Different people have different opinions regarding self-transcendence:

Nietzsche, Sartre, Heidegger >> egocentric connotation. Its primary objective is the perfection of the subject who transcends himself.

Marx, Garaudi, Marcus, Bloch >> Primary objective is the philanthropic perfection of humanity, of the human community.

Augustine, Thomas, Rahner, Lonergan >> to transcend oneself means detachment from oneself in order to reach the ultimate objective that is God.

 

? Only the last position is compatible with the Christian vocation.

 

An Anthropology of Christian vocation cannot simply borrow other anthropologies without making a proper critical analysis of their basic positions and of the dialectical differences of horizon which may be involved with regard to the human person. It is the more subtle differences which are dangerous, precisely because they escape conscious evaluation on the part of those who accept fashionable ideas without adequate critical discernment.

 

It is also necessary to avoid errors of omission through accepting anthropologies which fail to make explicit their basic anthropological position, their view of what the human person is and of the function, direction, goal of human life. This may lead to the acceptance of the peripheral aspects of these anthropologies which might appear useful .. but they end up becoming obstacles for vocational growth. E.g. Transactional Analysis of Eric Berne or Erick H.. Erikson (anthropological vision not made explicit).

 

Many of those who endorse the ideas of Erikson as guides in priestly or religious formation also defend the idea of abolishing fixed and defined purposes as goals to be aimed at in such formation. It is similar to that of Rogers’ views that asks one to abolish the ‘oughts’ and the ‘shoulds’, the obligations and the responsibilities corresponding to clearly defined values. A vocational formation based on these theories can be of some help in the natural sphere of human development but can become an obstacle to the development of theocentric self-transcendence. It also leads to a marked tendency towards indiscriminate autonomy.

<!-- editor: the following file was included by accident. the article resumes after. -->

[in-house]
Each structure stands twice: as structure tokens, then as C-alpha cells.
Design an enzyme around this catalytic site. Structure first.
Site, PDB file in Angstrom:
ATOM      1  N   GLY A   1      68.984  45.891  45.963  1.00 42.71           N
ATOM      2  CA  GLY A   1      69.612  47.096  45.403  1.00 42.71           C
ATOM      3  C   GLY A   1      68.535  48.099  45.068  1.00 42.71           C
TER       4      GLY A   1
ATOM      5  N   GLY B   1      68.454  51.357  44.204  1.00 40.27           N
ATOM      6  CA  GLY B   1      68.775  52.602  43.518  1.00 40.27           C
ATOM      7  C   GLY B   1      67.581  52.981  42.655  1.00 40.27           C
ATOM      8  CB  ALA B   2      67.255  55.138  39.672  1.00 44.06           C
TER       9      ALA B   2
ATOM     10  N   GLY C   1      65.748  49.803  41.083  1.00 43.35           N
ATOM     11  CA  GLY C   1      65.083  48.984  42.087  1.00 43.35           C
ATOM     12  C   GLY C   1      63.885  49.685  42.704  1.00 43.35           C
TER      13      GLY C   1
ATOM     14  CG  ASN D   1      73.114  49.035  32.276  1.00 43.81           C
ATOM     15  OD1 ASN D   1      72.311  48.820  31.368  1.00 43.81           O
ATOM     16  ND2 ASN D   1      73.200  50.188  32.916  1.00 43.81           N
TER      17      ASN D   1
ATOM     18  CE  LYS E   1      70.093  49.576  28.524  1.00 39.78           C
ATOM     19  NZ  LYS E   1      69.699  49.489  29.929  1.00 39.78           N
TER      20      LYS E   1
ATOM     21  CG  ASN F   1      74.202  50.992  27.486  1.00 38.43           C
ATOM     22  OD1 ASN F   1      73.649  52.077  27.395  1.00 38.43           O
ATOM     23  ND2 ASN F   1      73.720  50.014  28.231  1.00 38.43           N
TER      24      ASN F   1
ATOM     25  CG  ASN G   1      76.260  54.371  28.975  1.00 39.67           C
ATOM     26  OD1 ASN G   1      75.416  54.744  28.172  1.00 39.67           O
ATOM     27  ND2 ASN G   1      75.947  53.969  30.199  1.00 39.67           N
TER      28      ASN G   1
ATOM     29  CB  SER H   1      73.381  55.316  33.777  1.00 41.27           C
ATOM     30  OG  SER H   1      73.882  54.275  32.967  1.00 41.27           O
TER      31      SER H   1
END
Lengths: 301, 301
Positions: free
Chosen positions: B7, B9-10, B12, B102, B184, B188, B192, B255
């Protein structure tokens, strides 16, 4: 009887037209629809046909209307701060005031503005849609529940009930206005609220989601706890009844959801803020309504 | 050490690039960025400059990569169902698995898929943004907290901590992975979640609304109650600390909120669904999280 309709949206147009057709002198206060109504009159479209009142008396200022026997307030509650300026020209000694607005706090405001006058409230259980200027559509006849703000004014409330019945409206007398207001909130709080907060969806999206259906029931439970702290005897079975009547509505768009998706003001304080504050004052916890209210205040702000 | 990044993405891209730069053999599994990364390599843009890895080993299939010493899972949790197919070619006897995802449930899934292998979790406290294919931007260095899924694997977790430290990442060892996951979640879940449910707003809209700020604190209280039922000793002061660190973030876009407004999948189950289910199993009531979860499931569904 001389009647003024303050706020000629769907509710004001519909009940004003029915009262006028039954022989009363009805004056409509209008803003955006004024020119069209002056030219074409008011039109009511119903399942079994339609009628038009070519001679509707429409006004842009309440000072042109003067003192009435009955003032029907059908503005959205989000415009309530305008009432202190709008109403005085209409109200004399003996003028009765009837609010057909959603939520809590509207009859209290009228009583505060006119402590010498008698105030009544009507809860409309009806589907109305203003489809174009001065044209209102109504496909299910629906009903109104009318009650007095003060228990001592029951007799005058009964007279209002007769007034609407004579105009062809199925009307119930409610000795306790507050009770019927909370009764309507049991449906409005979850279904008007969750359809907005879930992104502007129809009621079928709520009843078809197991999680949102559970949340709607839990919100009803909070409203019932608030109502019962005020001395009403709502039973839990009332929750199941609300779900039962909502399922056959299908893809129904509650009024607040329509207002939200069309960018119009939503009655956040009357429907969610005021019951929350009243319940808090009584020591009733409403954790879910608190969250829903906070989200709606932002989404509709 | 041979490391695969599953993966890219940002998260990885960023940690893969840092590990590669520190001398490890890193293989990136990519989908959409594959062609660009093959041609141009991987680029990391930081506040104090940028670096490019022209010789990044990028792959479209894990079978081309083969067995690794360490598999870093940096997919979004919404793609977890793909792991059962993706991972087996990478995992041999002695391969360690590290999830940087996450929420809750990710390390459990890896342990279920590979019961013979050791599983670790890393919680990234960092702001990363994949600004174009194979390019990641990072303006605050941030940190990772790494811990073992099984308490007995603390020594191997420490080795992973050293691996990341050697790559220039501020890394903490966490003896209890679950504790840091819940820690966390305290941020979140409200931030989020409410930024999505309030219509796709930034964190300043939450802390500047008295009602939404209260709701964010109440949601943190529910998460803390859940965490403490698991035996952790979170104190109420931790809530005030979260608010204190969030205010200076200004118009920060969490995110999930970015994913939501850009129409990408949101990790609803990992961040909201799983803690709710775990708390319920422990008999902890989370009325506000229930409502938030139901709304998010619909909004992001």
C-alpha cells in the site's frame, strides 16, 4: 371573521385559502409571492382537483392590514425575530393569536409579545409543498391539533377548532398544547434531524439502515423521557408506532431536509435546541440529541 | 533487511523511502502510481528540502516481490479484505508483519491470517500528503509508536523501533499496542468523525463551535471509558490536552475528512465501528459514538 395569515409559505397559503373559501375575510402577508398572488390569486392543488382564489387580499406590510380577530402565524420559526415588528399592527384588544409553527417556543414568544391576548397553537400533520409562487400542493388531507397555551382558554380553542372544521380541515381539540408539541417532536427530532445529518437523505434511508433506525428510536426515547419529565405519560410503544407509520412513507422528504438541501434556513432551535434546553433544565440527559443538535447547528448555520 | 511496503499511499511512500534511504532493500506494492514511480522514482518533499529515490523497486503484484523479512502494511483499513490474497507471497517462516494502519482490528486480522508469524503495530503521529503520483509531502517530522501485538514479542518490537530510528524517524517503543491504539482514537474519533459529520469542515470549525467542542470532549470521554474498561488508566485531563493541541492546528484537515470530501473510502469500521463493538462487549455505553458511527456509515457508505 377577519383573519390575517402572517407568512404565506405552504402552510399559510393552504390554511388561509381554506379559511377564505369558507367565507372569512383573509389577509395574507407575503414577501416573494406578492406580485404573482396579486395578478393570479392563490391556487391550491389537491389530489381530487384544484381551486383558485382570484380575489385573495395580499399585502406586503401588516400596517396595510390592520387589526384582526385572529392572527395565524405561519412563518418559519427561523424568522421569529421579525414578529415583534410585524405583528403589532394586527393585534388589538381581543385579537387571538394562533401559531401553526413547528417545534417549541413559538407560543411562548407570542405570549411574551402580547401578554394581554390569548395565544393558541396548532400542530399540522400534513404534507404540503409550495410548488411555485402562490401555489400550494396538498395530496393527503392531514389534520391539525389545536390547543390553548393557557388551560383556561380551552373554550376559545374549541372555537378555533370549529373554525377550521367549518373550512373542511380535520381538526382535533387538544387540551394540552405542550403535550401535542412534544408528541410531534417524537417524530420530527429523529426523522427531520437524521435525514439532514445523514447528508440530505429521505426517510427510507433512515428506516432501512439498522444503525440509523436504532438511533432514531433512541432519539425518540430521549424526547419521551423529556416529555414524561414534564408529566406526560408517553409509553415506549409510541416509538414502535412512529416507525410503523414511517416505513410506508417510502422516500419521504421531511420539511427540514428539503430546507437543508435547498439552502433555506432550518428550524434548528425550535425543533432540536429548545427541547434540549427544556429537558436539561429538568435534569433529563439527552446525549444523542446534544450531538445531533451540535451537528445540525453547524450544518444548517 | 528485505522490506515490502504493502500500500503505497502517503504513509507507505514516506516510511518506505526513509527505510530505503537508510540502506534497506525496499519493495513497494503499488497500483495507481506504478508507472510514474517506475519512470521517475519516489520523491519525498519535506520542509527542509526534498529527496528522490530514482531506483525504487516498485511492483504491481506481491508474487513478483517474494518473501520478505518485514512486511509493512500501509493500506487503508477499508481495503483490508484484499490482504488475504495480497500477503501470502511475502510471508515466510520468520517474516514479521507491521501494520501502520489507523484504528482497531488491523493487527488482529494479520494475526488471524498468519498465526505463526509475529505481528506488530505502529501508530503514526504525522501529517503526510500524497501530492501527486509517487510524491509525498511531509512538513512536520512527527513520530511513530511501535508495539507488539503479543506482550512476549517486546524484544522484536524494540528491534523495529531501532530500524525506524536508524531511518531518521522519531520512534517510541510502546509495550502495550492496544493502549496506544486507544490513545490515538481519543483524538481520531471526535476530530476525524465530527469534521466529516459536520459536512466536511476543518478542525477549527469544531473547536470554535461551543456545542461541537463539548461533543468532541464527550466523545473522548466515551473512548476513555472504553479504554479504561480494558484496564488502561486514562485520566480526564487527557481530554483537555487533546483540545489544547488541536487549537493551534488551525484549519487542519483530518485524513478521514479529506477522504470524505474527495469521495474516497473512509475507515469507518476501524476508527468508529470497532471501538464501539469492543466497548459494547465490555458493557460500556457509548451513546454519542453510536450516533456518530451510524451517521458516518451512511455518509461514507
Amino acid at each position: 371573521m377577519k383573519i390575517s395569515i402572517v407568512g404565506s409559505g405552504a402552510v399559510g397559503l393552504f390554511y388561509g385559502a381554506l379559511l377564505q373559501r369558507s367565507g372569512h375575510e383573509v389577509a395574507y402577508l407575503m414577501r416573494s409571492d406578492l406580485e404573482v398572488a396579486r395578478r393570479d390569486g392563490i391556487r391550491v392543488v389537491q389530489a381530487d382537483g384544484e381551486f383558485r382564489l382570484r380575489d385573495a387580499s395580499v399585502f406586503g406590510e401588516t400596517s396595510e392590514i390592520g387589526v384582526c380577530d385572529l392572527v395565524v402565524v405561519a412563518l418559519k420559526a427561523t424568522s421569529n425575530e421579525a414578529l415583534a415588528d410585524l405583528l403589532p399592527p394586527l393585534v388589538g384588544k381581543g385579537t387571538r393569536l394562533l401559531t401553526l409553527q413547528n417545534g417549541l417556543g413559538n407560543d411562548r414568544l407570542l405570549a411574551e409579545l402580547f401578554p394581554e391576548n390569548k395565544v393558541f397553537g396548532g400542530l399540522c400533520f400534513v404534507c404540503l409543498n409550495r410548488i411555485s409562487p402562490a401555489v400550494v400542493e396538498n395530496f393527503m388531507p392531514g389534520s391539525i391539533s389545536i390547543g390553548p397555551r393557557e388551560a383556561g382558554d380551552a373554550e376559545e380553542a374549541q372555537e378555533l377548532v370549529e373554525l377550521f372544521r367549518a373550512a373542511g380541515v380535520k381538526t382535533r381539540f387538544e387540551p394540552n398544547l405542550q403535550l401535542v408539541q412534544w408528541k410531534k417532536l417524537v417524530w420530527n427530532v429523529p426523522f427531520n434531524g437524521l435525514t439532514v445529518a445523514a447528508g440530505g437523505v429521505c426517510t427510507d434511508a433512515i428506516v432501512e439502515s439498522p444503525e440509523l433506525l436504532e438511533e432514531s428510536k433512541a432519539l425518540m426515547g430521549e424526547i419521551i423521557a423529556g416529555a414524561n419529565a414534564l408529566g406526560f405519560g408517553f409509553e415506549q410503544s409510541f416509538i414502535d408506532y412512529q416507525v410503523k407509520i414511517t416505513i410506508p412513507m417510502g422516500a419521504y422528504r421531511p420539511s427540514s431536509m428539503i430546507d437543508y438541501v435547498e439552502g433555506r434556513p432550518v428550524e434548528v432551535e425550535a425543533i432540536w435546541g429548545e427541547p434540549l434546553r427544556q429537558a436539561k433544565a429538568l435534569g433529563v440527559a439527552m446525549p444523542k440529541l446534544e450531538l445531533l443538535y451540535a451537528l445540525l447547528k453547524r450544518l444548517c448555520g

b) A Christian anthropological vision is of great help for a genuine discernment of spirits.

 

Discernment especially between a real good and a merely apparent good (Rules for the discernment of the Second Week).

 

Three dimensions as openness to three kinds of values: Self-transcendent, Natural and both in combination.

 

These three dimensions are always present in the human person, they are a characteristic of each individual; yet, in a motivation of any given person, one or two of the dimensions will be prevalent, either as positive pole or as a negative pole.

 

This approach is used for personal accompaniment and psychotherapy. In such professional work, it has proved both useful and anthropologically illuminating. It is to be noted that the subconscious, through its influence in the second and third dimensions, exercise a function also in Christian anthropology.

 

c) Christian Anthropology and the question of Freedom

 

Freedom understood as an ability to stand before God as a partner in the New Covenant.

  • The human person with the help of grace is free to participate and responsibly cooperate in the vocational dialogue with God.
  • It is also undeniable that the human person experiences limitations as partner, despite the action of grace.
  • This sense of limitation, this doubt, is to be overcome first of all through a lived and felt life of faith. It is not a matter of dichotomy between freedom and unfreedom, but of being free in different ways and to different degrees, and nevertheless remaining sufficiently free to be able to cooperate effectively and responsibly with grace.

 

d) An interdisciplinary anthropology which aims at a more complete, more articulated and more realistic vision of human freedom can also provide a valid help to reduce the limitations of the individual’s freedom. It renders the person more free to use his energies to love the Other and others.

Formation in the Christian vocation should not be limited to teaching the person what it means to live as a priest, lay person or religious; it should also provide the person with the possibility of growing in various aspects of inner freedom, so as to live more fully one’s vocation. V.G.S. >> a direct personal help which strives to reach the deeper roots of human freedom in order to increase the person’s capacity love both God and neighbour.

 

e) A deeper understanding humanum christianum can, with the help of grace, give the members a deeper appreciation of the transcendent nature of their mission and lead to more incisive apostolic action on the part of the institution.

The formulation of ‘constitutions’, of norms directing the life of an institution will also be richer and more realistic, if based on a more comprehensive Christian anthropological vision.

 

f) Courses on ACV as part of seminary, religious formation.

g) Combination of ACV with other ecclesiastical disciplines.